I think that the way society promotes instant gratification has a lot to do with the problem. Because people want what they want right now, they do not bother to think any further than how to get it. If people would visualize the scene and play it all the way through to the end, realistically calculating the potential for things to go wrong, they may get better final results and avoid the mess that ensues by not doing so. For instance, if I am on parole, and want to catch up with my friend, Jimmy, who is also a felon and a known drug dealer, and I decide to run over to his house and have a drink or two, which leads to snorting a line off of his glass coffee table and then getting into a fistfight with his girlfriend because she was also drinking and did a line and doesn’t like how Jimmy looked at me while I was leaning over the table, I shouldn’t be surprised when the cops are called by the neighbors who hear the ruckus, and I end up back in lockup with my parole violated. How does the famous historical quote go?… I think it was George Santayana who said it; and I’m paraphrasing…”Those who do not learn from the mistakes of the past are destined to repeat them?” Hmm, I think he’s got something there.

So… I guess the answer lies in learning to think before we speak or act. It lies in learning to delay gratification. It lies is learning to contemplate potential outcomes, both positive and negative, prior to acting. So breathe…and think…and then proceed.

Judge Not…

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As an addictions therapist, I am frequently confronted with having to help my patients to navigate the judgment they face due to being labeled “addict.” My response usually involves educating the family members, significant others, or friends of the patient regarding the disease of addiction. It seems as if society has condemned those suffering from a substance use disorder as morally defective simply because they have become addicted. This continues to puzzle me. In this day and age of having instant access to information at our fingertips through the internet, it makes no sense that so many people have completely incorrect information about addiction.

The judgment faced by those suffering from a substance use disorder is one of the most frequently reported reasons that people wait to seek treatment. It perpetuates the stigma attached to addiction, and putting off treatment and continuing to use illicit substances can prove deadly. It’s a nasty game of Russian Roulette that people play when using drugs. Tolerance to the drug of choice builds, meaning the person must take more to get the same effect. So he/she continues to use more, and his/her body continues to tell him/her that he/she is not well without the substance. So the use continues.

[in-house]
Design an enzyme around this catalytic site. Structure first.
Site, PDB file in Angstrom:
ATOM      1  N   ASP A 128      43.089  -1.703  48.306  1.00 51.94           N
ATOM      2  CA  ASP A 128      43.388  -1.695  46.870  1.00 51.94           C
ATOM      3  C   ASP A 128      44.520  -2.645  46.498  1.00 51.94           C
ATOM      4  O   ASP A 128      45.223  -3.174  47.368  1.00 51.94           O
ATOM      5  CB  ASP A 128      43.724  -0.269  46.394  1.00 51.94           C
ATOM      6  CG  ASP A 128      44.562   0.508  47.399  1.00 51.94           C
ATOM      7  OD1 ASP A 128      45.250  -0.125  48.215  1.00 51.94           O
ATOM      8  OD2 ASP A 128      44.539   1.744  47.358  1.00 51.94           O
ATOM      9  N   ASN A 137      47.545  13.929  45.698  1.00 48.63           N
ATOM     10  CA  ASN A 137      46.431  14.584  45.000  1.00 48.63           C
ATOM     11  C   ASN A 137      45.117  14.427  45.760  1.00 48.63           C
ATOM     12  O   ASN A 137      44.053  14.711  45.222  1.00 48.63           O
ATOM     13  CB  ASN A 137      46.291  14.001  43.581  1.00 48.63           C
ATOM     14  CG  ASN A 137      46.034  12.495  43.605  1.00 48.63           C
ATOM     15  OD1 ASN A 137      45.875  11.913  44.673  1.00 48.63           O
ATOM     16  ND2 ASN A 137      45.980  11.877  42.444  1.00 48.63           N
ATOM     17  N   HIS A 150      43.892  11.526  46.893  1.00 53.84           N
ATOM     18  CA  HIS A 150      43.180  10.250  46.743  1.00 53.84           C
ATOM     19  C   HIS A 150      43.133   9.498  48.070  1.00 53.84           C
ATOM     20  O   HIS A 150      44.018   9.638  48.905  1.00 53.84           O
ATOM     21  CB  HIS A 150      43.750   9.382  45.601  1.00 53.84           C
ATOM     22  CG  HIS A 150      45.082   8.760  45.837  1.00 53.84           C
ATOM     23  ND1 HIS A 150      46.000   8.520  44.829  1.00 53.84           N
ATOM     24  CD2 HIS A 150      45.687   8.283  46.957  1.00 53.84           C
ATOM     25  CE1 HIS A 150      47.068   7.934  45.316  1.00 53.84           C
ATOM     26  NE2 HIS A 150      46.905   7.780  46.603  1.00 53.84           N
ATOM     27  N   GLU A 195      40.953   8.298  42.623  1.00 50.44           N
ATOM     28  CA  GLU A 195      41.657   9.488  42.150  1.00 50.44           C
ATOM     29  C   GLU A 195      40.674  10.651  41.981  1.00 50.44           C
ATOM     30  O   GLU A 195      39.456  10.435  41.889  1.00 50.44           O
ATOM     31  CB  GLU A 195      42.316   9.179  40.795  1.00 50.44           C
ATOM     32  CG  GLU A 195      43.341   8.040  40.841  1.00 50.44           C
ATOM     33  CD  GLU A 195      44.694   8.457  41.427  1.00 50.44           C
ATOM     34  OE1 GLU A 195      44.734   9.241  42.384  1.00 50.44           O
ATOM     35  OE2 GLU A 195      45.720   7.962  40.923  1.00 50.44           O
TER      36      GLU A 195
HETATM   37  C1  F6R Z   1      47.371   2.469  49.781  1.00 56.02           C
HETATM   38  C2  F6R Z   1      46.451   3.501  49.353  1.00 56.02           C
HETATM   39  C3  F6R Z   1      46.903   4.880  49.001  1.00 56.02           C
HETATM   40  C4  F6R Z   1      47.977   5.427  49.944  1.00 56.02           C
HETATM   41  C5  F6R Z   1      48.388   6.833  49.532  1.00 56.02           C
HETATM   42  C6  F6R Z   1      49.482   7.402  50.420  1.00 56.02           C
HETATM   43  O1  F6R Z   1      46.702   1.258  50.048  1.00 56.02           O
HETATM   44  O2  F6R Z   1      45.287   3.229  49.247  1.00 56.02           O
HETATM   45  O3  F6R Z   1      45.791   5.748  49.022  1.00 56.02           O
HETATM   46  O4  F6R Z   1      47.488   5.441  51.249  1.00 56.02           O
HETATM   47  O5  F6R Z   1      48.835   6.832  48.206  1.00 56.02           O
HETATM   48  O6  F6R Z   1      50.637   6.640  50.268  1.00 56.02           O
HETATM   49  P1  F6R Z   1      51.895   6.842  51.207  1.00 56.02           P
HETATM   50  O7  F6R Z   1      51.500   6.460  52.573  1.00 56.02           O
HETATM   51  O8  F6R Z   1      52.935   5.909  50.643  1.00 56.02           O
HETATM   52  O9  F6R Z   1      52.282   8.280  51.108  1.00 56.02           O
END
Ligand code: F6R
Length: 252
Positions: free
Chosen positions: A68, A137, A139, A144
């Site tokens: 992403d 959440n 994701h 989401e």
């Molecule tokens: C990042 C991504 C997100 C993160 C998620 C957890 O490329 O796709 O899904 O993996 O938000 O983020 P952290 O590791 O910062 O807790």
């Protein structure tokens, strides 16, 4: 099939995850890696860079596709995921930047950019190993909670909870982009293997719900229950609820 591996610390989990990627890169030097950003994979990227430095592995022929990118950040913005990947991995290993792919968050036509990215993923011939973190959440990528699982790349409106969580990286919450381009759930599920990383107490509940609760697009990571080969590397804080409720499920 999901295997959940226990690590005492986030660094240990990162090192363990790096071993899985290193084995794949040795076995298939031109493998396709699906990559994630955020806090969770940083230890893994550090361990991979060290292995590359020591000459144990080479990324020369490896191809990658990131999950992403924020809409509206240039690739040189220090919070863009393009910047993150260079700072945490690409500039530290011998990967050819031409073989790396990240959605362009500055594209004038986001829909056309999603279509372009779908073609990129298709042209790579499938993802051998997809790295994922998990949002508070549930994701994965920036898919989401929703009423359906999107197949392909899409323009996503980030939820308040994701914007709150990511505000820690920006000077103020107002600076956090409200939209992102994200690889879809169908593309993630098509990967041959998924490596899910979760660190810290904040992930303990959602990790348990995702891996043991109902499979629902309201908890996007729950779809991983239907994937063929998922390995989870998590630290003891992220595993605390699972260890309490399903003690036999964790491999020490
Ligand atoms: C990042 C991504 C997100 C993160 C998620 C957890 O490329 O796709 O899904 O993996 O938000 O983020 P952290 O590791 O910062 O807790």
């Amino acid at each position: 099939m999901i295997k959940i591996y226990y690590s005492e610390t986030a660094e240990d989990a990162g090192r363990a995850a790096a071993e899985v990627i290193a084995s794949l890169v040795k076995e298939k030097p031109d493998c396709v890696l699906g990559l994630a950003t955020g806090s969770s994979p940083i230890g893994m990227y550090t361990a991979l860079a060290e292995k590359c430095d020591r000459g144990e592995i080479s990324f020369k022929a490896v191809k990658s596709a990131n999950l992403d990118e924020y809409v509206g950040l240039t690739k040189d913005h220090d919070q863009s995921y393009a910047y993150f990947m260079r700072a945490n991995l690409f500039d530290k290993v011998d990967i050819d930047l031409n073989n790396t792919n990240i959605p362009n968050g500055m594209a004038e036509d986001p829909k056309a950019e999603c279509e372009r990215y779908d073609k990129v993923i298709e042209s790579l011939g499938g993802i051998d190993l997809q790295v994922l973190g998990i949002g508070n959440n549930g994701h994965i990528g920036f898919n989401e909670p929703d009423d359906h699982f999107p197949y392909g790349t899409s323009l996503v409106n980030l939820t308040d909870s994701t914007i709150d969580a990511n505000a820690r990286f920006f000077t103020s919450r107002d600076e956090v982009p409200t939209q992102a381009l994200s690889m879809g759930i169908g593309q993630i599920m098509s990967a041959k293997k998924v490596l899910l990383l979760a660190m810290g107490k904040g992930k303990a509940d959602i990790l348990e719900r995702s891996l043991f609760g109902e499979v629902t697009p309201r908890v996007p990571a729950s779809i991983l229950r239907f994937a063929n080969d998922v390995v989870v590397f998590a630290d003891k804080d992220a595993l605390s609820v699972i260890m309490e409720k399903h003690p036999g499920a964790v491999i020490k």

It is important to note that just because tolerance goes up, does not mean that the amount that is his/her fatal dosage goes up. It does not. Every addict says, just before overdosing, “I know how much my body can handle.” That is false; he/she is wrong. Sometimes, DEAD wrong.

So, how can we prevent the knee-jerk reaction of judgment regarding those suffering from a substance use disorder? My first answer is, when encountering judgmental fu… um, sorry …folks…EDUCATE ‘EM! The second answer is to remember that it is only by the grace of God Himself that you are not sporting those shoes. (Each and every human being is wired for addiction. If something feels good, we want it, and we want it as often as we can get it.) I believe that God made us all different, with different talents and different issues, so that we would learn to help each other, not so we would use a person’s weaknesses to build our own sense of self-worth by inviting “better-than” thinking, or by using those weaknesses as a weapon.

God is the only one equipped to judge anyone. Let’s face it, we human beings are just not equipped. In fact, we suck at it. So maybe we can start a movement involving dumping the bullsh…pucky  attitudes and hangups, and agree to act out of love for the human race, and get ourselves back on a path toward progress and intellectual and emotional evolution. It doesn’t matter whether we agree on matters of politics, faith, morals, or whatever. We don’t HAVE to agree in order to get along, or in order to still honor and respect each other as also running in the same (and hard-as-hell sometimes) human race. I think if people would take a moment to truly think about it, they would realize that life would be so much easier if we start helping each other and stop trying to tear each other down. As the old adage states, “A joy shared is doubled; a burden shared is halved.” This aptly illustrates what being there for one another is all about.